When using a UITextView I try to add a custom attribute to an attributed string. However, all custom keys are lost after assigning to a UITextView's attributedText. Like this:

NSMutableAttributedString *lString = [[ NSMutableAttributedString alloc ] initWithString: @"astring"
                                             attributes: @{ @"customkey": @"customvalue" }];
NSLog(@"string: %@", lString);  // shows customkey present
textView.attributedText = lString;
NSLog(@"result: %@", self.textView.attributedText);   // shows customkey missing

Is this supposed to work?

  • 1
    What custom attribute(s) are you using? I don't see how UITextView could know how to render custom attributes. You need to use one of the documented attributes.
    – rmaddy
    Nov 30 '12 at 15:30
  • Custom attributes. If I use the documented attributes it works. It could now know about them but keep them instead of discard them, right? Nov 30 '12 at 15:49
  • Can you explain how you expect UITextView to know anything about your custom attributes? What are you trying to do?
    – rmaddy
    Nov 30 '12 at 15:52
  • I am trying to add "astring" in the UITextField, and keep information about "astring" around, like that "customkey" is set to "customvalue", even if the user adds characters before "astring", after "astring", or changes "astring" to "foobar". All I want is for UITextView not to forget customkey like it would not forget the font it was set in if a user typed other things around it or changed the word. It does not have to render or do anything else with it, just keep it around. Nov 30 '12 at 16:04
  • Seems to work fine for me in iOS 7. @KristofVanLandschoot do you still have this issue?
    – julien_c
    Sep 23 '13 at 15:42

Starting with iOS 7, it now works as you'd like:

From Accessing Attributes:

An attributed string identifies attributes by name, storing a value under the attribute name in an NSDictionary object, which is in turn associated with an NSRange that indicates the characters to which the dictionary’s attributes apply. You can assign any attribute name-value pair you wish to a range of characters, in addition to the standard attributes.

It works with both standard and NSTextStorage (Text Kit) backed UITextViews.

  • Sounds like it's what I needed. I've not been working on that part of the code anymore. A good reason to adopt iOS 7 and check it out! Sep 23 '13 at 19:27

Based on the comments, you are trying to misuse NSAttributedString.NSAttributedString and UITextView are only designed to handle the documented attributes. You may be able to initially store custom attributes in the string, but once the text view starts processing the attributed text and you ask the text view for the latest attributed text, the text view will have long gotten rid of any custom attributes.

The better solution would be to create a class that extends UITextView. Your subclass should add a property that can hold whatever custom attributes you want. Or maybe your custom class would override the attributedText and 'setAttributedText:` methods. These would take care of saving off and restoring any custom attributes found in the attributed string.

Note: this answer applies to iOS 6 and earlier. For iOS 7 see @julien_c's answer below.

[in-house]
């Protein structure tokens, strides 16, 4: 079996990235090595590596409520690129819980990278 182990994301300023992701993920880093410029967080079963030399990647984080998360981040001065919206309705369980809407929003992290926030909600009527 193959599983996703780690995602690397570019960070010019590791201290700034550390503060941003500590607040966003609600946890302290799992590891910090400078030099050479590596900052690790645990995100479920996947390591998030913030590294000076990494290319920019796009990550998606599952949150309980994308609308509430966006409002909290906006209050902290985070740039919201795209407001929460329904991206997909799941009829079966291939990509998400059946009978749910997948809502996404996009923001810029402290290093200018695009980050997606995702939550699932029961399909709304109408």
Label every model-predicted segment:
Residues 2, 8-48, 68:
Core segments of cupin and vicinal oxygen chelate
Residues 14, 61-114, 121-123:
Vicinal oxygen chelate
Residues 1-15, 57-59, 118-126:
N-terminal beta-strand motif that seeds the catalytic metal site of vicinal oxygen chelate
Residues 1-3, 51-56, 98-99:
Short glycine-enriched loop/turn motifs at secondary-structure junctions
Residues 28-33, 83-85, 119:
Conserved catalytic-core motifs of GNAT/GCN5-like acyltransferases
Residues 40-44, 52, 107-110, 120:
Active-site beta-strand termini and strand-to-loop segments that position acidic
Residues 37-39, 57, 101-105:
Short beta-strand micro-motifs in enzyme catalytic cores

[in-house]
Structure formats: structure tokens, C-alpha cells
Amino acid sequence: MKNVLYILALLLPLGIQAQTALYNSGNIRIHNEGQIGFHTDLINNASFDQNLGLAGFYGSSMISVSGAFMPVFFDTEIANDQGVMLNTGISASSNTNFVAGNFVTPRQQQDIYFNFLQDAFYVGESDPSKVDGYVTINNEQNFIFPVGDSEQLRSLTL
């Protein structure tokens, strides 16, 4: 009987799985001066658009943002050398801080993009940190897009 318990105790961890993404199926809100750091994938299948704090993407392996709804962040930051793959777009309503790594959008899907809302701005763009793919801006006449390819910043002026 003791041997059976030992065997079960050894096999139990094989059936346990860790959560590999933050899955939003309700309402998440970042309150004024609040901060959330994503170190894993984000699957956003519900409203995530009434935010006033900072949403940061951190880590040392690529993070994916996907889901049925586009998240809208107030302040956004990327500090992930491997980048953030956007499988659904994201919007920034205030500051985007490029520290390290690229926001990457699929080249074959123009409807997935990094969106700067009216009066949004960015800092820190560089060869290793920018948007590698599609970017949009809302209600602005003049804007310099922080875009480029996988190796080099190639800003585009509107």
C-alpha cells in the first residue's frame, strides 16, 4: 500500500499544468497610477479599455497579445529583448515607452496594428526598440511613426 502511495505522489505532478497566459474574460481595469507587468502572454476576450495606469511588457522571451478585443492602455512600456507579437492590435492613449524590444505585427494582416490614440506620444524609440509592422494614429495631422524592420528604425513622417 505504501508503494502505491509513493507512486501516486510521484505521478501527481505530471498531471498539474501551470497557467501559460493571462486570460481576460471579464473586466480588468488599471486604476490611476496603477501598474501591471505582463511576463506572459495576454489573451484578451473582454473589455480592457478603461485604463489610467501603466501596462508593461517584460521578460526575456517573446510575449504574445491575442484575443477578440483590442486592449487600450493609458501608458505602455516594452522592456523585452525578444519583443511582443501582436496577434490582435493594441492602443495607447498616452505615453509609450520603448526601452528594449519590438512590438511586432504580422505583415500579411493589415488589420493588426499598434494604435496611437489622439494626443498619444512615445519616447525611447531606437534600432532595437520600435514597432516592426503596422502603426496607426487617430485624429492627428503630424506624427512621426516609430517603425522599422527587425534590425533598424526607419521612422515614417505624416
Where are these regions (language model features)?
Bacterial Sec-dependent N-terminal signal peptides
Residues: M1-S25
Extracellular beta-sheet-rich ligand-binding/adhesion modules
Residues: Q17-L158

• 1
    The documentation doesn't claim to support custom attributes. The documentation talks about the keys it does support. Unless the docs specifically state that something is supported, you must assume that it isn't supported. There is no way to document things that are not supported. There isn't a storage device on Earth big enough to document what isn't supported. :)
    – rmaddy
    Nov 30 '12 at 16:34
  • 2
    Just that to me this sounds like sound reasoning: UITextView supports attributed strings and attributed strings support custom keys so UITextView will work with attributed strings that have custom keys. Some warning in the documentation would have been welcome. But I get your point :) Nov 30 '12 at 16:46
  • 2
    It does imply it quite strongly "An attributed string identifies attributes by name, using an NSDictionary object to store a value under the given name. You can assign any attribute name/value pair you wish to a range of characters—it is up to your application to interpret custom attributes (see Attributed String Programming Guide)." Apple's UIKit controls don't seem to keep custom attributes around though. It would be nice.
    – karwag
    Dec 11 '12 at 23:52
  • 2
    This accepted answer is outdated, because as the answer below says iOS 7 accepts custom attributes.
    – fatuhoku
    Jul 15 '14 at 17:49
  • 2
    @fatuhoku Things change over time. Leaving your comment for future readers is fine. There is nothing wrong with pointing out that the answer is now obsolete. But do not down vote an answer that was correct when it was answered. Otherwise you could spend the rest of your life down voting obsolete answers due to changing APIs and functionality. You can't expect people to go back and update all of their answers every time there is an API update.
    – rmaddy
    Jul 15 '14 at 19:00

UITextView does not really display attributed strings. Apple has an internal class NSHTMLWriter which converts the set NSAttributedString into HTML data which is then displayed by the content UIWebDocumentView (which is essentially Webkit)

See my analysis here: http://www.cocoanetics.com/2012/12/uitextview-caught-with-trousers-down/

  • 1
    This is no longer true since UITextView is backed by TextKit not WebKit now, right?
    – Suragch
    Jan 6 '16 at 8:07
  • 1
    @Suragch yes, I believe since iOS 8 it displays actual attributed strings. Mar 23 '16 at 4:31

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